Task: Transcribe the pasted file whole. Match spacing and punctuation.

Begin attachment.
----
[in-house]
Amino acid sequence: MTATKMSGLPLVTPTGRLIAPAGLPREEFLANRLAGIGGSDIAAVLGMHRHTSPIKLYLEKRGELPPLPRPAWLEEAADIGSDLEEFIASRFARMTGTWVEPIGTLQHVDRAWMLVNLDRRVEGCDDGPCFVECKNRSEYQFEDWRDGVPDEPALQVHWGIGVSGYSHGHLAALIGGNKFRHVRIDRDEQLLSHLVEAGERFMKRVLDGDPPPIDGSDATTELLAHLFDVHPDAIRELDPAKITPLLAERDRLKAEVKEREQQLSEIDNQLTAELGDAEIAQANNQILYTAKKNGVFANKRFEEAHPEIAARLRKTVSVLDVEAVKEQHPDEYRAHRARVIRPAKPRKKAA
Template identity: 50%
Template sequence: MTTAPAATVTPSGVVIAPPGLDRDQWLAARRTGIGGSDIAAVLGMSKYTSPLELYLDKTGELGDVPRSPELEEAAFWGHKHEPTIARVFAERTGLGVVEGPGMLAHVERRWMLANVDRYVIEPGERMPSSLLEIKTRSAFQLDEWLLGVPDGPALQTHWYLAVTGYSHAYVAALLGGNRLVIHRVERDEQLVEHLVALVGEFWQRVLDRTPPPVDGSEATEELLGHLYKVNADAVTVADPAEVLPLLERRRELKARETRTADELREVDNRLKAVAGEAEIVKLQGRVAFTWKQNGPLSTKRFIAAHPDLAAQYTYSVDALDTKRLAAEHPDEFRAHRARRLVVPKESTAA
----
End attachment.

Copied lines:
[in-house]
Amino acid sequence: MTATKMSGLPLVTPTGRLIAPAGLPREEFLANRLAGIGGSDIAAVLGMHRHTSPIKLYLEKRGELPPLPRPAWLEEAADIGSDLEEFIASRFARMTGTWVEPIGTLQHVDRAWMLVNLDRRVEGCDDGPCFVECKNRSEYQFEDWRDGVPDEPALQVHWGIGVSGYSHGHLAALIGGNKFRHVRIDRDEQLLSHLVEAGERFMKRVLDGDPPPIDGSDATTELLAHLFDVHPDAIRELDPAKITPLLAERDRLKAEVKEREQQLSEIDNQLTAELGDAEIAQANNQILYTAKKNGVFANKRFEEAHPEIAARLRKTVSVLDVEAVKEQHPDEYRAHRARVIRPAKPRKKAA
Template identity: 50%
Template sequence: MTTAPAATVTPSGVVIAPPGLDRDQWLAARRTGIGGSDIAAVLGMSKYTSPLELYLDKTGELGDVPRSPELEEAAFWGHKHEPTIARVFAERTGLGVVEGPGMLAHVERRWMLANVDRYVIEPGERMPSSLLEIKTRSAFQLDEWLLGVPDGPALQTHWYLAVTGYSHAYVAALLGGNRLVIHRVERDEQLVEHLVALVGEFWQRVLDRTPPPVDGSEATEELLGHLYKVNADAVTVADPAEVLPLLERRRELKARETRTADELREVDNRLKAVAGEAEIVKLQGRVAFTWKQNGPLSTKRFIAAHPDLAAQYTYSVDALDTKRLAAEHPDEFRAHRARRLVVPKESTAA